If the pandemic taught us one thing, it's that robust-and-engaging options for learning outside of brick-and-mortar buildings will become an integral part of our educational framework, complementing face-to-face learning and preparing students for our technology-driven world.
It was in that spirit that the Iowa Department of Education established Iowa e-Learning Central, a voluntary online exchange for Iowa educators, students and families that:
- Houses high-quality courses and units,
- Supports content creation and collaboration,
- Expands statewide access to courses and units across all grade levels, and
- Facilitates online course sharing between schools.
Courses and units in Iowa e-Learning Central are designed to be led and facilitated by educators locally. Schools can download the content they need to design interactive and collaborative in-person or online courses for use in their classrooms. Using Iowa e-Learning Central is entirely optional. Content is available free of charge to all Iowa school districts and nonpublic schools.
So who developed the content that is available in Iowa e-Learning Central? Iowa-licensed educators with content-area expertise! To create this content, they receive training in online instruction and ongoing feedback from both content reviewers and instructional designers until the course meets the requirements of a high-quality course.
One of the expert content developers is Tessa Yackle, who teaches high school English at the Clarion-Goldfield-Dows Community School District. She developed first and second semester English courses for 12th grade, as well as second semester English for seventh graders. We asked her about her work in developing the content.
1) Why did you choose to develop content for Iowa e-Learning Central?
I am familiar with writing courses, as I have written, developed, and edited courses for both Iowa Central Community College and Buena Vista University. Writing content and implementing curriculum in the online setting is a passion.
2) In creating content, describe the process that was used to ensure that it was high quality, rigorous and standards-aligned.
In the English realm we used an OER (lesson plans and resources created by another organization). These lessons, strategies and content are connected to academic standards. Using those plans as a guide, we adapted and modified those to meet the needs of hybrid learning, strategies and activities were adapted for the ease and use of students and teachers, with information to assist families in guiding students who may be learning from home.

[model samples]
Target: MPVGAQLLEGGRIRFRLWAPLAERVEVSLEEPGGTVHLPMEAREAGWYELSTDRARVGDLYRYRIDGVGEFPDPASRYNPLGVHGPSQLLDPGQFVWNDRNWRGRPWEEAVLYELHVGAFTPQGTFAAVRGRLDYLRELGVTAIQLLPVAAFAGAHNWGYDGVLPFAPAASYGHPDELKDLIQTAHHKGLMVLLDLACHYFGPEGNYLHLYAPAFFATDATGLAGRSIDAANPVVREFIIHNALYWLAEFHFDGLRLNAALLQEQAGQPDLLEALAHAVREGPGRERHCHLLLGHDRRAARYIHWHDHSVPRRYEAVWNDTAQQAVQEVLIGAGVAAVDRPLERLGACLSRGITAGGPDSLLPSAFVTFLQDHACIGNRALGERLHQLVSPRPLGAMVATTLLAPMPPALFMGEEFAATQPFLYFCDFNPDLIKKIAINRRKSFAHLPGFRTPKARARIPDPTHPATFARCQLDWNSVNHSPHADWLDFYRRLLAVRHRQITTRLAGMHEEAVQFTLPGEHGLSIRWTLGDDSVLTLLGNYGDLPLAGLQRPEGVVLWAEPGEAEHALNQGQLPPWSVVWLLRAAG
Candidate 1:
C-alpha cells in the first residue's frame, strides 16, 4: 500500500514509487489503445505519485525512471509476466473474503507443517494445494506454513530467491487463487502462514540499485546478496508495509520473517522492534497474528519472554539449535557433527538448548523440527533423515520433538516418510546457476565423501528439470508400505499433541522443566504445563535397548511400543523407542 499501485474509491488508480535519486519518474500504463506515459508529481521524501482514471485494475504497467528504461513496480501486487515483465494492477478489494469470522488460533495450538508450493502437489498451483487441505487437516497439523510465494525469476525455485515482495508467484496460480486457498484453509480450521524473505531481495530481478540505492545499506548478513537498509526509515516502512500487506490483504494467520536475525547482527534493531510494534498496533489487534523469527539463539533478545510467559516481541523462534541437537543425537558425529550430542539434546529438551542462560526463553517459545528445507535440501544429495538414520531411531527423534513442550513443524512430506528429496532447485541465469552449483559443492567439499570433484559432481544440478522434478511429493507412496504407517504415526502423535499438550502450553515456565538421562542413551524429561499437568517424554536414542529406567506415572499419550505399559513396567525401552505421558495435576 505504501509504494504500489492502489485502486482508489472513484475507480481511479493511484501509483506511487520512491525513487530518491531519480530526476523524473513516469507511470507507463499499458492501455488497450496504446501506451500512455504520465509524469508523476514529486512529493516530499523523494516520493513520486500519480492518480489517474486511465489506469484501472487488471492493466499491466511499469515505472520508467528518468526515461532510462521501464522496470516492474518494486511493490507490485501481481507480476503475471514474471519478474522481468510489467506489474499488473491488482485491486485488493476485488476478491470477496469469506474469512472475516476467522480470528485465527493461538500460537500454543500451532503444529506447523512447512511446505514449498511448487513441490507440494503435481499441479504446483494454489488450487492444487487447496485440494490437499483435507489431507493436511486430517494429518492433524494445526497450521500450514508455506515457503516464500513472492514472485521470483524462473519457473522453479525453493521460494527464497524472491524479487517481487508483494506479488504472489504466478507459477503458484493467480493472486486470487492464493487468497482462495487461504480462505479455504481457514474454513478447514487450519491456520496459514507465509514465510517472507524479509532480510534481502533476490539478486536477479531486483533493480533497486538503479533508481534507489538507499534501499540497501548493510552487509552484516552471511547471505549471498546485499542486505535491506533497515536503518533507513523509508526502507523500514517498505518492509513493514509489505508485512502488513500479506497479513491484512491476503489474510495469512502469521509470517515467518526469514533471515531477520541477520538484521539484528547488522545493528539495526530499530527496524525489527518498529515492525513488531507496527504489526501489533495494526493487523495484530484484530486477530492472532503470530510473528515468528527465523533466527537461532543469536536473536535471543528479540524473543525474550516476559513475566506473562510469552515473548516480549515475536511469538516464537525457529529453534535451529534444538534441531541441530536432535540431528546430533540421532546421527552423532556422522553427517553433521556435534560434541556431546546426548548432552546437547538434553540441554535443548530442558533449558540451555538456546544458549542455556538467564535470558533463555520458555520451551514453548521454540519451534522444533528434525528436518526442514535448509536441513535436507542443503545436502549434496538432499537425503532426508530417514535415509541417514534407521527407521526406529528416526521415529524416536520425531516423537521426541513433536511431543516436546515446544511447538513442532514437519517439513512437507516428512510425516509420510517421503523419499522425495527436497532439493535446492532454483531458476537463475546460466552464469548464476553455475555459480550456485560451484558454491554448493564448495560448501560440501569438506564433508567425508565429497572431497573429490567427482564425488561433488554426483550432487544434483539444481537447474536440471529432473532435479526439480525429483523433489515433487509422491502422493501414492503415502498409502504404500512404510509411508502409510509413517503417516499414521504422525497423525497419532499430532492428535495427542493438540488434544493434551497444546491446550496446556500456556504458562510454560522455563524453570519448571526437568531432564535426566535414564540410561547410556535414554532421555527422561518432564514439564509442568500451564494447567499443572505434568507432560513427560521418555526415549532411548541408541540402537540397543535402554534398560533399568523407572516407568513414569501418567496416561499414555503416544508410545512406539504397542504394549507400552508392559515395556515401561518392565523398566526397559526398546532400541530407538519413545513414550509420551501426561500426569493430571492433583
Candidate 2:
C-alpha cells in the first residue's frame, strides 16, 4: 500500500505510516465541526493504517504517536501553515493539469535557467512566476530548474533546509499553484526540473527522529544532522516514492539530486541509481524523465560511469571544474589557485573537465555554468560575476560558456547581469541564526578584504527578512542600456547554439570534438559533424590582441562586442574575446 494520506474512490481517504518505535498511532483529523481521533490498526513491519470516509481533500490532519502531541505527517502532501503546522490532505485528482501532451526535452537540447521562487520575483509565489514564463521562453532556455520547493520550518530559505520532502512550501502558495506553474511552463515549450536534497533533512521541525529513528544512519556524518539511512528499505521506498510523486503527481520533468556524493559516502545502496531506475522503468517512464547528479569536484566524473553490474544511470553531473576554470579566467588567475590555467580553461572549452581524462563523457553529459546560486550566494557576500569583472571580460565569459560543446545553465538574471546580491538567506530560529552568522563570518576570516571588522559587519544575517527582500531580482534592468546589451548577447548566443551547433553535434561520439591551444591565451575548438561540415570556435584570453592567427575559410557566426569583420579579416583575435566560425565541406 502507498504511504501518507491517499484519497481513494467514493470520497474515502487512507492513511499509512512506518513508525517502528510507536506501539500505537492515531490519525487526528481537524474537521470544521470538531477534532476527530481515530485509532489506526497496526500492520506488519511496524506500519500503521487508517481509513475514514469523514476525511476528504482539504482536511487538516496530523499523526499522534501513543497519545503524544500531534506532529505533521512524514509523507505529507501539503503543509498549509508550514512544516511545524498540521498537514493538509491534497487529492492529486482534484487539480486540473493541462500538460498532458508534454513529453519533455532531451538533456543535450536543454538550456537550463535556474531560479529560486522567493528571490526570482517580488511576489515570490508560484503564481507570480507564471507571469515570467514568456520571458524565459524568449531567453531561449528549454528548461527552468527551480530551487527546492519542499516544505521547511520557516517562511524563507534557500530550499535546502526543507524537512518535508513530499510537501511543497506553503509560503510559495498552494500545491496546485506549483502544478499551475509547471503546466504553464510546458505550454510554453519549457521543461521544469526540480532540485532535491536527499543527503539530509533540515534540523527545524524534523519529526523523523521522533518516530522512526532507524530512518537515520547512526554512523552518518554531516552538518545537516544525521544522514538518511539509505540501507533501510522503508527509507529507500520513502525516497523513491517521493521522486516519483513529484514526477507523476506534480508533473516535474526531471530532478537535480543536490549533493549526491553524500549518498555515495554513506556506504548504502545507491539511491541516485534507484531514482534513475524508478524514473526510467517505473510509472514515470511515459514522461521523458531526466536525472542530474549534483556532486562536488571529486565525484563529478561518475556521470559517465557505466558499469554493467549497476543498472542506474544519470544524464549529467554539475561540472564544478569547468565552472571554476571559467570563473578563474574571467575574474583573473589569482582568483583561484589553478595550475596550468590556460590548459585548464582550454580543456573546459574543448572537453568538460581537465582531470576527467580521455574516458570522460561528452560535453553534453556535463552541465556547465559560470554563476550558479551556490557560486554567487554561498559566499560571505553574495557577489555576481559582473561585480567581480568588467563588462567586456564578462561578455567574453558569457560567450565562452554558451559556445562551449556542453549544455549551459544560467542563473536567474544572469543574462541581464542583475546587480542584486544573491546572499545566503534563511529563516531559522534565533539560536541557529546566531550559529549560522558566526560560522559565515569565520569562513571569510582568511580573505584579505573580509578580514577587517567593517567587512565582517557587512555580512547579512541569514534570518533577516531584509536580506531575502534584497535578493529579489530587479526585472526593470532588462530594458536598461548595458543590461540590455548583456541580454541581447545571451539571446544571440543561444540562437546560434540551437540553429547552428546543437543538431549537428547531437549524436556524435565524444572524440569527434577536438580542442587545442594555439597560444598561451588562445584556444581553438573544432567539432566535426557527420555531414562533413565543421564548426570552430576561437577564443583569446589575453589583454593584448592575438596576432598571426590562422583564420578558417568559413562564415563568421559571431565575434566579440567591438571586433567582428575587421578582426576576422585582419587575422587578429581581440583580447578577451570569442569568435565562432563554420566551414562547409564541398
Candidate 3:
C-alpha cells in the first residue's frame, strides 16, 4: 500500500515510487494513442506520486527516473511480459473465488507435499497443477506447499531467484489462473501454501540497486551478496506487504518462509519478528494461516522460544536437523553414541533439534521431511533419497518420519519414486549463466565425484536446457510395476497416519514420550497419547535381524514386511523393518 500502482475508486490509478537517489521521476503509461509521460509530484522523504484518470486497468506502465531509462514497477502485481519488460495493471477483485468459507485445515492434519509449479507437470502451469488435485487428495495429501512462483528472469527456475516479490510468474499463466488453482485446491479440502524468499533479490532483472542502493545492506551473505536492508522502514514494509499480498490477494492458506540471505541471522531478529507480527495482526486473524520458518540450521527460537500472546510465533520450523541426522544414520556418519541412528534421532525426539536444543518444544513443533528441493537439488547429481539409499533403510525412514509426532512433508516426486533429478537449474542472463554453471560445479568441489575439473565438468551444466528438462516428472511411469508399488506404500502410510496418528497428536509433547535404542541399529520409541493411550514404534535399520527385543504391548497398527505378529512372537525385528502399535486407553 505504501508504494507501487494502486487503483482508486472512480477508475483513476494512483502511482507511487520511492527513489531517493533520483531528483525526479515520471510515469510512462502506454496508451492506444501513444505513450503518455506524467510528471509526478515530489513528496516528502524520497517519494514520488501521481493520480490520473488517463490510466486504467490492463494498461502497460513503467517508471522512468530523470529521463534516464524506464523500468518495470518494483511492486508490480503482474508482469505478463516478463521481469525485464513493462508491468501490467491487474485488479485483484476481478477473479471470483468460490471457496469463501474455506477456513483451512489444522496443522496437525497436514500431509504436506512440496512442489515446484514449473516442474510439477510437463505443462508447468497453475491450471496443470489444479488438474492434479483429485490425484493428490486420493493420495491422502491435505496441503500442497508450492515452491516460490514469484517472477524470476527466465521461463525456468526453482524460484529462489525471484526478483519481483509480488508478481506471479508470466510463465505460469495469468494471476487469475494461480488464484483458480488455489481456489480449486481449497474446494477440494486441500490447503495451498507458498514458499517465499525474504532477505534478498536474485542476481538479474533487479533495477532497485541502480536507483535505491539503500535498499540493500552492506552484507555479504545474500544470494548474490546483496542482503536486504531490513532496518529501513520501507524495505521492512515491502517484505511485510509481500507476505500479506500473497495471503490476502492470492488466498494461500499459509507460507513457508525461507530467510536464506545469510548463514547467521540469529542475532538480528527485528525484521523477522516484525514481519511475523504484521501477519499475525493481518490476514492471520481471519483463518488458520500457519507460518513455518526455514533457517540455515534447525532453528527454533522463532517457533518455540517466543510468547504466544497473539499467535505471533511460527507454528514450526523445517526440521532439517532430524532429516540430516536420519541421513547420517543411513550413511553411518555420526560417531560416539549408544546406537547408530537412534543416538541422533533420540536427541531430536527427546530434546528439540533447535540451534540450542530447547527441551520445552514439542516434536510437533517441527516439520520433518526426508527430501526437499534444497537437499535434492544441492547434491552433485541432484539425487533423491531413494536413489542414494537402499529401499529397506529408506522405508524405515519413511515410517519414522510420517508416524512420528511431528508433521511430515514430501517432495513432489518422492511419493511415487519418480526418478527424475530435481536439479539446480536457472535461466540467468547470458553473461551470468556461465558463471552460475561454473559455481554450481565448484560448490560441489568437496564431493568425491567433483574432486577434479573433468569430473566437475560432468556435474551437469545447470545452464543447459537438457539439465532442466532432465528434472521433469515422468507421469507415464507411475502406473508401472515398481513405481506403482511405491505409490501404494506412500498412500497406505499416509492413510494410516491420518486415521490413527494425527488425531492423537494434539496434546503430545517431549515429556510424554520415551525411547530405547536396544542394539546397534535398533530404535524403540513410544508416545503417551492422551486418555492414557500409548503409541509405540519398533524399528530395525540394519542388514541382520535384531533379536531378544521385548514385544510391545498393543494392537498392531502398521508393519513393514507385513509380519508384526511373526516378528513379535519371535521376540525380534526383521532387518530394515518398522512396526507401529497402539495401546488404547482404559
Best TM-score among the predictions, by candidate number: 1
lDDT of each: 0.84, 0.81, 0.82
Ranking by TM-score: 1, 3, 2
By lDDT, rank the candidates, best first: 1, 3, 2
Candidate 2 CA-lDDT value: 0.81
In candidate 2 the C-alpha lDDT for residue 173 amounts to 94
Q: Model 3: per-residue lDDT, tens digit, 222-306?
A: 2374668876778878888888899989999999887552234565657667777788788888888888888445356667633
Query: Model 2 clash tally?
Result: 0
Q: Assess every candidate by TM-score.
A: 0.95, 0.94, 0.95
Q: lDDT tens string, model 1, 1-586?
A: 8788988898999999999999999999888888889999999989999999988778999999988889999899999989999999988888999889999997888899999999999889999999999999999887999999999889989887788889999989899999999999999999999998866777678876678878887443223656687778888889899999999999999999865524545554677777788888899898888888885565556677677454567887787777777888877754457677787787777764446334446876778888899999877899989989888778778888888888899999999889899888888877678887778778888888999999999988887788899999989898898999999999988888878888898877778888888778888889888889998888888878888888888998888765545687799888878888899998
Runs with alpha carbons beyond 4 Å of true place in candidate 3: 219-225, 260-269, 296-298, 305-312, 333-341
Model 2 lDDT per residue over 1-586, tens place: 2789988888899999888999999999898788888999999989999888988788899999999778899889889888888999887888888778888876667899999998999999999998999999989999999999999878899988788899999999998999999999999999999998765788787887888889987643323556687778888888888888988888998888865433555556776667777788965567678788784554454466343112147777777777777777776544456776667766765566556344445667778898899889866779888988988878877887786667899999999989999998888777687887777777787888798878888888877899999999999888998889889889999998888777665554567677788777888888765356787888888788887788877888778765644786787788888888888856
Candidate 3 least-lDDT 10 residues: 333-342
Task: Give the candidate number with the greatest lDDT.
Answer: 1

3) As a classroom teacher, how do you think this would be helpful for other educators? How about for a new teacher, a veteran teacher, a teacher creating a new course?
These courses will be beneficial for brand new teachers, substitute teachers, and more. Users can implement the entire course, some elements from the course, a single lesson, a single unit, a single module, and can really make it their own, to meet the needs of their current students. New teachers can use it for their first year(s) to ensure academic standards are being met, to use formative and summative assessments, and more! Veteran teachers can use the courses in their entirety or chunk it to meet the needs of their students. Any manner in which the courses are used will be to the benefit of the student and the teacher. Teachers can use the courses to continue to hone the craft of pedagogy.
4) Why would you recommend educators, administrators and curriculum directors to check out Iowa e-Learning Central?
All of these courses are written using research-based and best practices in teaching, reaching, and meeting the needs of students. These courses will take out the guesswork of what to teach, when to teach it, or if texts/strategies align with the academic standards.